21.1.3 Internationalizing your programs and modules

Internationalization (I18N) refers to the operation by which a program is made aware of multiple languages. Localization (L10N) refers to the adaptation of your program, once internationalized, to the local language and cultural habits. In order to provide multilingual messages for your Python programs, you need to take the following steps:

  1. prepare your program or module by specially marking translatable strings
  2. run a suite of tools over your marked files to generate raw messages catalogs
  3. create language specific translations of the message catalogs
  4. use the gettext module so that message strings are properly translated

In order to prepare your code for I18N, you need to look at all the strings in your files. Any string that needs to be translated should be marked by wrapping it in _('...') -- that is, a call to the function _(). For example:

filename = 'mylog.txt'
message = _('writing a log message')
fp = open(filename, 'w')
fp.write(message)
fp.close()

In this example, the string 'writing a log message' is marked as a candidate for translation, while the strings 'mylog.txt' and 'w' are not.

The Python distribution comes with two tools which help you generate the message catalogs once you've prepared your source code. These may or may not be available from a binary distribution, but they can be found in a source distribution, in the Tools/i18n directory.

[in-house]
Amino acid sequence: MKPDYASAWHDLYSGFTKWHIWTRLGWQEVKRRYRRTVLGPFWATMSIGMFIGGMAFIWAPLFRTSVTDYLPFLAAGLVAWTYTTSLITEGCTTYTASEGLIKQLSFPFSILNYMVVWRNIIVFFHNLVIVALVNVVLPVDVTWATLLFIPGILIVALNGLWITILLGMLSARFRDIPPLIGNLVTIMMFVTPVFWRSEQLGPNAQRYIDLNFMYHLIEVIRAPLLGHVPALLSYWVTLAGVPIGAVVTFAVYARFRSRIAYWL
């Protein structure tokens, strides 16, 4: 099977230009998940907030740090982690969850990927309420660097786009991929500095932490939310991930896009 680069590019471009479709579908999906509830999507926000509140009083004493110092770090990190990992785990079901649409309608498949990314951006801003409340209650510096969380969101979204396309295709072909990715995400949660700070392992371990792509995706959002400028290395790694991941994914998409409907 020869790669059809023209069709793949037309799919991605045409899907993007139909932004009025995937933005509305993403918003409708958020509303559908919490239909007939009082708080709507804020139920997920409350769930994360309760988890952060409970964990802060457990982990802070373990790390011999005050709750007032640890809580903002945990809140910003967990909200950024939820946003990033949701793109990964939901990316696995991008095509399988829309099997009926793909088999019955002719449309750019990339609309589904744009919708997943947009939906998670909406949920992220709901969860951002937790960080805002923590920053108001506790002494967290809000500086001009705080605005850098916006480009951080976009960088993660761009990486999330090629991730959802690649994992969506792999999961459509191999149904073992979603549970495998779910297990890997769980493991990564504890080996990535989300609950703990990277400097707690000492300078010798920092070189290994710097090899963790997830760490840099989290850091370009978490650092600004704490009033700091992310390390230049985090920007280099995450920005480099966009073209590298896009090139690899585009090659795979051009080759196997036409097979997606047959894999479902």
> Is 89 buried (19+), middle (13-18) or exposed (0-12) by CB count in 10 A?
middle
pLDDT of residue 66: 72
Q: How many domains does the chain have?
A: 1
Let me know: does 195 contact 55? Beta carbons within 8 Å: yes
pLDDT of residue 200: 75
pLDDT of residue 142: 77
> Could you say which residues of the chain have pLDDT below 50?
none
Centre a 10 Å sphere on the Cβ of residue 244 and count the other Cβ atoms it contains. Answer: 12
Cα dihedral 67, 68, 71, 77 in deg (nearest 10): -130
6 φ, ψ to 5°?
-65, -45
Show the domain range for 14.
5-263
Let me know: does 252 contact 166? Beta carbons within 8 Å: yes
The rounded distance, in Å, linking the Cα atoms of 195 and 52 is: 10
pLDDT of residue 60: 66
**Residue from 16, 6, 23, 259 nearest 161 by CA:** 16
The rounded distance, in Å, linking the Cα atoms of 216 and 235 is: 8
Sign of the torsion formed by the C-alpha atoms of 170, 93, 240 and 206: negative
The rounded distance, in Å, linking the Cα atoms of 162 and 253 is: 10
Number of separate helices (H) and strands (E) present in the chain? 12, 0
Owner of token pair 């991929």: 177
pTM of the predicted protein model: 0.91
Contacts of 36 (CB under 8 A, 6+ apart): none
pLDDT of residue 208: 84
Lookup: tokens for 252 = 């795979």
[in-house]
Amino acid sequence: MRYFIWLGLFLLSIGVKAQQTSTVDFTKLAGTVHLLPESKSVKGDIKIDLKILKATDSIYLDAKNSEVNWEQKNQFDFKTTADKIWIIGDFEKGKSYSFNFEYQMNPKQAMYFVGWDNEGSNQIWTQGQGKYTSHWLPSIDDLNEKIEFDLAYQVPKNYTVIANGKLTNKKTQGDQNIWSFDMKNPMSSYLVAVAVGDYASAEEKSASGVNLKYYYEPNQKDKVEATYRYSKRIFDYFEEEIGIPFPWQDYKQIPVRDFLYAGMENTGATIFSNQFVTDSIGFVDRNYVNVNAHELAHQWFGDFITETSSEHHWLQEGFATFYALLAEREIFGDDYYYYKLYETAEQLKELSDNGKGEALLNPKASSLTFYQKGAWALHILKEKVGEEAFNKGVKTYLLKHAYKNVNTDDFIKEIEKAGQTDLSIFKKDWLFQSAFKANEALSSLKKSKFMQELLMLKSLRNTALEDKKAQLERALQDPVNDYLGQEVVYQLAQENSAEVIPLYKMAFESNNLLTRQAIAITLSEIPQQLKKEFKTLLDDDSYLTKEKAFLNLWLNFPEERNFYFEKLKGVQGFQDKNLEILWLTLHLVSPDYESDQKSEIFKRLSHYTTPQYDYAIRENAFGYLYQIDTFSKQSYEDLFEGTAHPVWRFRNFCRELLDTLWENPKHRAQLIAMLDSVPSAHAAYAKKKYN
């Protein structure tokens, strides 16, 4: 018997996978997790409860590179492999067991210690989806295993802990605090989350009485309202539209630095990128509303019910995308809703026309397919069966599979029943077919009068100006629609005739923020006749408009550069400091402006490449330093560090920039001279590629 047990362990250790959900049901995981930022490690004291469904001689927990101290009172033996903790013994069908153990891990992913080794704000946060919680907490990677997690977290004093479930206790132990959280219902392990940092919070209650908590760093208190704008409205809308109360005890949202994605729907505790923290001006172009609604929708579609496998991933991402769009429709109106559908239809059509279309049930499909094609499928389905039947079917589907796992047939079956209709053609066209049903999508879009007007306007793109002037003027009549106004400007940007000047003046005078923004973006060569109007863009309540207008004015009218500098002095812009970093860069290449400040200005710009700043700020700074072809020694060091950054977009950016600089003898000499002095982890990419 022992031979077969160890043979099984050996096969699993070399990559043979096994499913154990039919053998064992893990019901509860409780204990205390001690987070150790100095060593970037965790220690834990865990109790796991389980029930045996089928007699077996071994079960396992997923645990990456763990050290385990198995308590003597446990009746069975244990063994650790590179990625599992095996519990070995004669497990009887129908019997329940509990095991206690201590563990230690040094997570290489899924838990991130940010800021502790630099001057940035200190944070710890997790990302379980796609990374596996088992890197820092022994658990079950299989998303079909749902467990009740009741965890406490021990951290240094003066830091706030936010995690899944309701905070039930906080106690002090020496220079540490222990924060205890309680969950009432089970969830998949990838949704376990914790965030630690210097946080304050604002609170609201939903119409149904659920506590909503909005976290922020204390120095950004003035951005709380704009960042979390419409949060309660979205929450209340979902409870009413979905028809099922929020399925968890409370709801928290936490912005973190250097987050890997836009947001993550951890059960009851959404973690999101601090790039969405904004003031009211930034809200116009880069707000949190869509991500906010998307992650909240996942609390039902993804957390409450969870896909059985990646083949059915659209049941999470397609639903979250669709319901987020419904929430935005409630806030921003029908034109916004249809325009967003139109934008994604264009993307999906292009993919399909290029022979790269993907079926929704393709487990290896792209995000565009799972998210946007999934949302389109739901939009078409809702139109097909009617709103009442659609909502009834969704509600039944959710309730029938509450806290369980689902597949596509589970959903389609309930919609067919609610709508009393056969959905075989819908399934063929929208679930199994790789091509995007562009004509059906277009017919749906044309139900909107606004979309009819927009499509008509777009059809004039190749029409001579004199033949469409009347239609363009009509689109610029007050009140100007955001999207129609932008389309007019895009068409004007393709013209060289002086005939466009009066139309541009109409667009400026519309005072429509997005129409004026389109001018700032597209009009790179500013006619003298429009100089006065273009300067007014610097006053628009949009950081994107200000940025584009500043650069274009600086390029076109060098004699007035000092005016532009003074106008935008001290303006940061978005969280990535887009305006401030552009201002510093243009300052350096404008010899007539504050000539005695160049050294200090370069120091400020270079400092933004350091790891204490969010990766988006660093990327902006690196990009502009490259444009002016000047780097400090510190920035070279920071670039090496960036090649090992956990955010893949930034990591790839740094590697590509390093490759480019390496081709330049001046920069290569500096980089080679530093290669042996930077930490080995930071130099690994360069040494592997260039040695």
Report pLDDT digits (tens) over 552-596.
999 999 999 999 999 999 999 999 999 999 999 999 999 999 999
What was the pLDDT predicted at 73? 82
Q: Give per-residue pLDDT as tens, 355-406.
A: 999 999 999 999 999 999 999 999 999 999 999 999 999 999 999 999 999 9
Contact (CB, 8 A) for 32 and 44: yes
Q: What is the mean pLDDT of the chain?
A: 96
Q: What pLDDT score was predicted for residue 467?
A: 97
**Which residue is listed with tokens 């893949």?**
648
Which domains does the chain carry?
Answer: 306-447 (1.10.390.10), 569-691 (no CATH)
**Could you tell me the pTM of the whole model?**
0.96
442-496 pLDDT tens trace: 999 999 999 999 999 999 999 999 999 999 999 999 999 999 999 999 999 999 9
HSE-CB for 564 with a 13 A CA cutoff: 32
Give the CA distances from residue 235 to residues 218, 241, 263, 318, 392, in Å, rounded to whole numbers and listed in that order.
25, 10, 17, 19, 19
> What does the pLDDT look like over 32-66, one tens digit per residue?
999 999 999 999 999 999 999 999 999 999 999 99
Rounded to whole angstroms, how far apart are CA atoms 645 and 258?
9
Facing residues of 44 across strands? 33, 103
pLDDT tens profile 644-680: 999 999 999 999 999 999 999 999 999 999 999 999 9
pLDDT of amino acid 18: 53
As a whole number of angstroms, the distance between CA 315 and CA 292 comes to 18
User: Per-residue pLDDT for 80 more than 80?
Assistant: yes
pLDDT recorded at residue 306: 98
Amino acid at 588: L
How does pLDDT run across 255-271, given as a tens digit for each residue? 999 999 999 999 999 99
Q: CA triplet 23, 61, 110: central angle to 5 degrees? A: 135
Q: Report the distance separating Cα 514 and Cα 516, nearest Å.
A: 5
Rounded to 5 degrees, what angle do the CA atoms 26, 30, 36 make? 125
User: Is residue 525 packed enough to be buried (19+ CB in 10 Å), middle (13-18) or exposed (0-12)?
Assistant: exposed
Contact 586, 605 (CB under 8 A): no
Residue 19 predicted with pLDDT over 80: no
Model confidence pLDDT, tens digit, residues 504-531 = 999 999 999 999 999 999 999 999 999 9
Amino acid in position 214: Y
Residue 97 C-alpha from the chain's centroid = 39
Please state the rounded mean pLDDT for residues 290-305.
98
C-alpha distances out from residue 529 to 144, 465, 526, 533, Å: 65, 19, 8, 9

The pygettext21.3 program scans all your Python source code looking for the strings you previously marked as translatable. It is similar to the GNU gettext program except that it understands all the intricacies of Python source code, but knows nothing about C or C++ source code. You don't need GNU gettext unless you're also going to be translating C code (such as C extension modules).

pygettext generates textual Uniforum-style human readable message catalog .pot files, essentially structured human readable files which contain every marked string in the source code, along with a placeholder for the translation strings. pygettext is a command line script that supports a similar command line interface as xgettext; for details on its use, run:

pygettext.py --help

Copies of these .pot files are then handed over to the individual human translators who write language-specific versions for every supported natural language. They send you back the filled in language-specific versions as a .po file. Using the msgfmt.py21.4 program (in the Tools/i18n directory), you take the .po files from your translators and generate the machine-readable .mo binary catalog files. The .mo files are what the gettext module uses for the actual translation processing during run-time.

How you use the gettext module in your code depends on whether you are internationalizing a single module or your entire application. The next two sections will discuss each case.



Footnotes

...pygettext21.3
Fran├žois Pinard has written a program called xpot which does a similar job. It is available as part of his po-utils package at http://po-utils.progiciels-bpi.ca/.
...msgfmt.py21.4
msgfmt.py is binary compatible with GNU msgfmt except that it provides a simpler, all-Python implementation. With this and pygettext.py, you generally won't need to install the GNU gettext package to internationalize your Python applications.



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